One of the most common types of coral reefs is the fringing reef. The most distinct feature of the fringing reef is that they usually have no lagoons and if a lagoon is present it is generally very shallow. Several fringing reefs extend directly from the shoreline, and in this case, there is no lagoon.
The three main types of coral reefs are fringing, barrier, and atoll. Schools of colorful pennantfish, pyramid, and milletseed butterflyfish live on an atoll reef in the Northwestern Hawaiian Islands. The most common type of reef is the fringing reef. This type of reef grows seaward directly from the shore.
Types of Coral Reefs: The various types of coral reefs are grouped into three major types: 1. Fringing Reefs: The fringing reefs also referred to as the shore reefs are built from the sea bottom and extend from the shore up to 1 4 miles having no navigable channel between the shore and reef. This zone of the sea is called edge or front.
Detailed explanation about how the three different types of coral reefs are formed: Fringing Reef Barrier Reef Atoll By using hand drawn diagrams and images ... Skip navigation Sign in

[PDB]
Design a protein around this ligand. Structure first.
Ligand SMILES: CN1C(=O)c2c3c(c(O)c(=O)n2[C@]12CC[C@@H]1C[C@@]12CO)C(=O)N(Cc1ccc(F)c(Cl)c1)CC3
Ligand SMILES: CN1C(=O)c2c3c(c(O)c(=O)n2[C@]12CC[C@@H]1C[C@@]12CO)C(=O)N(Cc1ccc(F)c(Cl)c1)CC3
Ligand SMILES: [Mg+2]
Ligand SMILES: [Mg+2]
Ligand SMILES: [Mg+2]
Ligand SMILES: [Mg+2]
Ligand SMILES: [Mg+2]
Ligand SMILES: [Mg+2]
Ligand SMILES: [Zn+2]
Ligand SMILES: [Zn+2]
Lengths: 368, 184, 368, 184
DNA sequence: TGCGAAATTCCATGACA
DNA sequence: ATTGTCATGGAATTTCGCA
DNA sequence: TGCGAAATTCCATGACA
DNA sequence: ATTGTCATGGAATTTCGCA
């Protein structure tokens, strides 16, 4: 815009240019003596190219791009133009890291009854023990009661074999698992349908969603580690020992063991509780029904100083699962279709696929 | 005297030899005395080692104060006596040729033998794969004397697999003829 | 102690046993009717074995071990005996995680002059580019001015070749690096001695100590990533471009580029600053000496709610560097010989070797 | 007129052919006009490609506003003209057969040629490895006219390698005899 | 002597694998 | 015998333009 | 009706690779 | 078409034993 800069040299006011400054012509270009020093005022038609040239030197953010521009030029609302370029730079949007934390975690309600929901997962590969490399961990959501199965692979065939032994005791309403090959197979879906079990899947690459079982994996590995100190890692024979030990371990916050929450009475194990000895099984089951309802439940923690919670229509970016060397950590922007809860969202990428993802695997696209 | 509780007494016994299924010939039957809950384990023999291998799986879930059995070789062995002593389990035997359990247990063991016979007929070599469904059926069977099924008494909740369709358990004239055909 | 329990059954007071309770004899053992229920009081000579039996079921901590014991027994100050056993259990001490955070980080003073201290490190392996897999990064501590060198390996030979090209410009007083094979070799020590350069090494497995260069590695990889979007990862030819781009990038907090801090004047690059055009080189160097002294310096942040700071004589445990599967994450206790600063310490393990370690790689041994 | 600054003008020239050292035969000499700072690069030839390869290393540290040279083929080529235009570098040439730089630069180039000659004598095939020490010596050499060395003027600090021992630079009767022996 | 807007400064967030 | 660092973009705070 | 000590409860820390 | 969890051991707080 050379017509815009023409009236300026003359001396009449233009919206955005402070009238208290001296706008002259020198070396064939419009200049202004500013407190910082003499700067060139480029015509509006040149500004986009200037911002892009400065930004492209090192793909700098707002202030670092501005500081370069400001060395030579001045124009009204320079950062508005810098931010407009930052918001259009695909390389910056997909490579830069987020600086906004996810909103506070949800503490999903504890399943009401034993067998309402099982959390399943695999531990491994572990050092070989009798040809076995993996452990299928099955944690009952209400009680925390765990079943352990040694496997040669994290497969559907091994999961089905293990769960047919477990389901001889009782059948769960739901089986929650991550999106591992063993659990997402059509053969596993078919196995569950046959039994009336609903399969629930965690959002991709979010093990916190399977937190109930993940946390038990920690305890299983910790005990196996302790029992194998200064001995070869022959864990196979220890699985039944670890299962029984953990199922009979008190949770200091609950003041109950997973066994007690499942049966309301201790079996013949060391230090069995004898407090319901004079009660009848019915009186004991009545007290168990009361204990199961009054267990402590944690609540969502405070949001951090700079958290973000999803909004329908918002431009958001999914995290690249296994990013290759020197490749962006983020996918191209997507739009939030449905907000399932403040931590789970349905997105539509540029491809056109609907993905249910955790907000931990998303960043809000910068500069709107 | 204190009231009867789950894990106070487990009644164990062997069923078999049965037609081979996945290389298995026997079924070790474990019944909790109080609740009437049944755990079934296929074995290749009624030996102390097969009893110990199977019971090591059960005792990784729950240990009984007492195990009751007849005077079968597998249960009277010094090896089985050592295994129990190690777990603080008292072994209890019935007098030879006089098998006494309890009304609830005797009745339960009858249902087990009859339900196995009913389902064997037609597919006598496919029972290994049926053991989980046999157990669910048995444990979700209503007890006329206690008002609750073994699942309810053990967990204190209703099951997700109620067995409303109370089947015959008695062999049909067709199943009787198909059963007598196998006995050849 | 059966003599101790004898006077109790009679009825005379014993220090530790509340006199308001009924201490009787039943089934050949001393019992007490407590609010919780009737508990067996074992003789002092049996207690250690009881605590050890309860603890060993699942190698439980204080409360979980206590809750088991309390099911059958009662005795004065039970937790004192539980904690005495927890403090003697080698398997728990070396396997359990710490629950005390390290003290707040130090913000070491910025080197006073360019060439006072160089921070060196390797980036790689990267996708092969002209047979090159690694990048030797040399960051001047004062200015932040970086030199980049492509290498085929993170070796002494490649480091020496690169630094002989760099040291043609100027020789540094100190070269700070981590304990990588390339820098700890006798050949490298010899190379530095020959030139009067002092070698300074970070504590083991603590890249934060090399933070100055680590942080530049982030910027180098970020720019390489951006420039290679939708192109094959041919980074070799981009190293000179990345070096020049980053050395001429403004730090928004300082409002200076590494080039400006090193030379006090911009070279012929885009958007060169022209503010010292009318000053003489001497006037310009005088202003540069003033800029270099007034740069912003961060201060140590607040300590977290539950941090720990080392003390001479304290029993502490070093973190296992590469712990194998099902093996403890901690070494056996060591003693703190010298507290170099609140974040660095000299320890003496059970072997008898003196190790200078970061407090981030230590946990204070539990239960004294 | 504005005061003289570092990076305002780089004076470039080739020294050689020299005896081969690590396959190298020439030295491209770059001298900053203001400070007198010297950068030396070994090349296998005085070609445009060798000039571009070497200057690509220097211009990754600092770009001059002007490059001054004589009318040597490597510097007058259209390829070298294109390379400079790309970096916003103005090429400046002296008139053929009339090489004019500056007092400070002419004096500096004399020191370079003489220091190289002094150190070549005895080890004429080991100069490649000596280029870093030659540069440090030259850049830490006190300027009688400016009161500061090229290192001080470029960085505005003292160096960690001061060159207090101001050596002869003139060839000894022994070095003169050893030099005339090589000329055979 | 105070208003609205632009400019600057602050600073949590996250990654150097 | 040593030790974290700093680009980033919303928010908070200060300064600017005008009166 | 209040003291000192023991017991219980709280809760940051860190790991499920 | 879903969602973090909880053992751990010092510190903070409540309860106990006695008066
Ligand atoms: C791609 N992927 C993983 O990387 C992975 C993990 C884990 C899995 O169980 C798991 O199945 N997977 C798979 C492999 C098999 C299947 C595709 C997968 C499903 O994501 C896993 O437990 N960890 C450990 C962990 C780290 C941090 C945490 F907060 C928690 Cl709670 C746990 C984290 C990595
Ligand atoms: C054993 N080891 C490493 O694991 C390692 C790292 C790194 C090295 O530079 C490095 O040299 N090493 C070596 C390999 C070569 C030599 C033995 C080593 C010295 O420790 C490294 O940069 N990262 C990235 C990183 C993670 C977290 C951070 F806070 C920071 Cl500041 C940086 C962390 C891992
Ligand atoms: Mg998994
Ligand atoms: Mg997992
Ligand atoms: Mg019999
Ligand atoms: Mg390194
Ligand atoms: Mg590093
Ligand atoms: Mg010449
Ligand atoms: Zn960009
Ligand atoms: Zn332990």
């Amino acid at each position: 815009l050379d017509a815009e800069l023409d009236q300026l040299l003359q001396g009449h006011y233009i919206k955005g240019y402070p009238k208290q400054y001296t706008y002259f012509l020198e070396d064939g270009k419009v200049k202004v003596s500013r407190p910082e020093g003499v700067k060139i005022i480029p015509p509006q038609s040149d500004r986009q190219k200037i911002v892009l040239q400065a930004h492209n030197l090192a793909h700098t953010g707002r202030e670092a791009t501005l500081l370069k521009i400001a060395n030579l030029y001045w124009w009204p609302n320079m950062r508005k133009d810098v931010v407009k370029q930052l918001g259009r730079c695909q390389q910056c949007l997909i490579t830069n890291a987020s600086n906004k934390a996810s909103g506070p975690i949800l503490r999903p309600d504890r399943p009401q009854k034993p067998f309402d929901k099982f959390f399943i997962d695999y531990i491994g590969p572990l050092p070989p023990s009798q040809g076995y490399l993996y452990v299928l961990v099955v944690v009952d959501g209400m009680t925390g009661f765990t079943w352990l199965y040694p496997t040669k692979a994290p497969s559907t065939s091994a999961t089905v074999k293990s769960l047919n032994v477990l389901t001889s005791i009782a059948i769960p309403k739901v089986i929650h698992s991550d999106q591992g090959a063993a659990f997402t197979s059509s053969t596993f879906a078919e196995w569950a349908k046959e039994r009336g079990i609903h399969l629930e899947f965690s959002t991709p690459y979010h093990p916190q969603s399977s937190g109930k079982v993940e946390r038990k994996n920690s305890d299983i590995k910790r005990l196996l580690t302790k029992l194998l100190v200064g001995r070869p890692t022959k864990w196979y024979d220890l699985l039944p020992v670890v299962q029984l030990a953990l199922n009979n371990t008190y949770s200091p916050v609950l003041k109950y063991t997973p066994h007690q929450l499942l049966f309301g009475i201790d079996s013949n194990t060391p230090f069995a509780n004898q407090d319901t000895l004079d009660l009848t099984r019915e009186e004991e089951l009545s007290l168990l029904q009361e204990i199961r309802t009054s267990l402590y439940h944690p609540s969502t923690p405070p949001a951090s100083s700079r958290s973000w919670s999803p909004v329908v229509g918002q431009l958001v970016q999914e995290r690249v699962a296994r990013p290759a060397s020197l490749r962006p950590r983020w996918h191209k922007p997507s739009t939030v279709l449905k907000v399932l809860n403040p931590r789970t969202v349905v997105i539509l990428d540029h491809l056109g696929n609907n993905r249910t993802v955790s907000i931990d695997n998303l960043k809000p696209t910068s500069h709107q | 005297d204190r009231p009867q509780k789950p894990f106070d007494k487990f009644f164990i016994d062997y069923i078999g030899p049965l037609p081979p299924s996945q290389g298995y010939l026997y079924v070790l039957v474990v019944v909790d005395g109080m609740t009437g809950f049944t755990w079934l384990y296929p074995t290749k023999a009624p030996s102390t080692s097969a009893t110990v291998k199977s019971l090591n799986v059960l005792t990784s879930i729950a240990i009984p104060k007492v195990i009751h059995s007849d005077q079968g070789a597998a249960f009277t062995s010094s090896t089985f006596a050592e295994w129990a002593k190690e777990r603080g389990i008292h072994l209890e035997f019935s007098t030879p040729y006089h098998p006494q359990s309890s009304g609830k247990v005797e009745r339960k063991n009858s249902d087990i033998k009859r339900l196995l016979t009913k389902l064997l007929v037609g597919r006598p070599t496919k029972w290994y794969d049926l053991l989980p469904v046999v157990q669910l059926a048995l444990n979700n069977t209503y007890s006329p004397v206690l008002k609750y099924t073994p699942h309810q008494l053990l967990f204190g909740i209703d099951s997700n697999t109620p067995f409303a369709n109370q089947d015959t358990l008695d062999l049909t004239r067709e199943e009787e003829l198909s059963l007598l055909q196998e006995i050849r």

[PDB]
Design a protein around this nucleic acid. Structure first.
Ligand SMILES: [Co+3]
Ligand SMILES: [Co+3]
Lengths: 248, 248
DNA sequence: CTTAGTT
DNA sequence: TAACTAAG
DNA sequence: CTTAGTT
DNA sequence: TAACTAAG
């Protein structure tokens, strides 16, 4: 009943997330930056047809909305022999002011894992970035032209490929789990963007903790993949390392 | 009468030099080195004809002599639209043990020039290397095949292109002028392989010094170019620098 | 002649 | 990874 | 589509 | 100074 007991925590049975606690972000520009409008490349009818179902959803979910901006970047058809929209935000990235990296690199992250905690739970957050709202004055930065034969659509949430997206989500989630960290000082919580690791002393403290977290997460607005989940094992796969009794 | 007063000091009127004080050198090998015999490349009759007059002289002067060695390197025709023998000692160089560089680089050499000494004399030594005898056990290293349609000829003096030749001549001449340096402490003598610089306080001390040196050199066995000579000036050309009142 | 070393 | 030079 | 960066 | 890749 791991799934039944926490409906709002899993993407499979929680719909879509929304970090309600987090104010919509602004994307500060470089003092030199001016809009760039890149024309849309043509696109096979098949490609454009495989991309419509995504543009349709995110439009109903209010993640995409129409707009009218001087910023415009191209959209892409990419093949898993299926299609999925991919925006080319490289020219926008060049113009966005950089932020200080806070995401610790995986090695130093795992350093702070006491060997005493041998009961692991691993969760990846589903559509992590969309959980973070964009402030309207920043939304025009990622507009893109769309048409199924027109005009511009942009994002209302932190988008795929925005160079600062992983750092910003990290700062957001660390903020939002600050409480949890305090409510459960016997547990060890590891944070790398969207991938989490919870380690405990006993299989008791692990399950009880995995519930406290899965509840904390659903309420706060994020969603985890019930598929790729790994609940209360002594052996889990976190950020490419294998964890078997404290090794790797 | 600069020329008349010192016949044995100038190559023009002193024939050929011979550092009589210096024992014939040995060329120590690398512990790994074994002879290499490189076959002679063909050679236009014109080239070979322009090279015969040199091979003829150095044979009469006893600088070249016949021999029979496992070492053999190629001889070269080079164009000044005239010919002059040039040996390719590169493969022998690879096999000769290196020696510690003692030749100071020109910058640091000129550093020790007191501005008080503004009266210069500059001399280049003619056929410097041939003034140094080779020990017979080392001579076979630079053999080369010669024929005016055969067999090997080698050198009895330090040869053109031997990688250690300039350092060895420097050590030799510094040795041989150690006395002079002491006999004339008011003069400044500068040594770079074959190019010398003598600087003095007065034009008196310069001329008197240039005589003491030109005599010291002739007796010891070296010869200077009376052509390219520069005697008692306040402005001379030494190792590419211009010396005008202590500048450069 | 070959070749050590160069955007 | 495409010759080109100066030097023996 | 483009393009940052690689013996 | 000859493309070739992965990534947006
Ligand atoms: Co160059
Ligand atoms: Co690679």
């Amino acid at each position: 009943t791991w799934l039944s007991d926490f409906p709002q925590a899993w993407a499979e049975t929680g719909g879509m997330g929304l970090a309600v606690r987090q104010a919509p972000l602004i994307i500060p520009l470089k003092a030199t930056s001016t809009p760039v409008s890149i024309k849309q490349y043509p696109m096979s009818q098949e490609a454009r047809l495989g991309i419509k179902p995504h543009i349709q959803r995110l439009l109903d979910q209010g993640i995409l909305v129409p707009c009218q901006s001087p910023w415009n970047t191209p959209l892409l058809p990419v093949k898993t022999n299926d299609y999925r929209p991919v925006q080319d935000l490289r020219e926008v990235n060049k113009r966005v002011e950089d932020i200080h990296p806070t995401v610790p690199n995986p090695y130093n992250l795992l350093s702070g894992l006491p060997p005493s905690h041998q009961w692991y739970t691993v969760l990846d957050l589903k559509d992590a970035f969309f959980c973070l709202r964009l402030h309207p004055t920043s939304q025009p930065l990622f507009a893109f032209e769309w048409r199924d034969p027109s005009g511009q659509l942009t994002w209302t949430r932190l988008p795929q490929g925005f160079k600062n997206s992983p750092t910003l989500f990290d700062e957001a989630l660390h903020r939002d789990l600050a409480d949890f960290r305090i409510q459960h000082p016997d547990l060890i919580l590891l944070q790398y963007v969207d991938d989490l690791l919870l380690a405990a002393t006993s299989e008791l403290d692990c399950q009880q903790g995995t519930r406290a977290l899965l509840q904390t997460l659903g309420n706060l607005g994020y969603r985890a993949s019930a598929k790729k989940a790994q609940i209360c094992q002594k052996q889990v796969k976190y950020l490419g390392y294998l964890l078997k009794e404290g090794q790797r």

Coral Reef Types. Fringing Coral Reef these are coral reefs that form along side the shore or coast line. These reefs often have high flow rates and often intense sun light due to the shallower water depths. Patch Coral Reef this is a small coral reef often isolated from other reefs.
The following points highlight the three main types of coral reefs. The types are: 1. Fringing Reef 2. Barrier Reef 3. Atoll. Type # 1. Fringing Reef: Coral reefs developed along the continental margins or along the islands are called fringing reefs (fig. 30.1). The seaward slope is steep and vertical while the landward slope is gentle.
Types of Coral: The classification of coral is unsatisfactory. Corals are divided into several types depending upon the habit or association and upon the structure. I. Solitary corals: The typical examples of the solitary corals are the Fungia, (Fig. 12.39A), Flabellum, Caryophyllia, Balanophyllia, etc.
The Structure and Distribution of Coral Reefs, Being the first part of the geology of the voyage of the Beagle, under the command of Capt. Fitzroy, R.N. during the years 1832 to 1836, was published in 1842 as Charles Darwin's first monograph, and set out his theory of the formation of coral reefs and atolls.
With growth rates of 0.3 to 2 centimeters per year for massive corals, and up to 10 centimeters per year for branching corals, it can take up to 10,000 years for a coral reef to form from a group of larvae (Barnes, 1987). Depending on their size, barrier reefs and atolls can take from 100,000 to 30,000,000 years to fully form.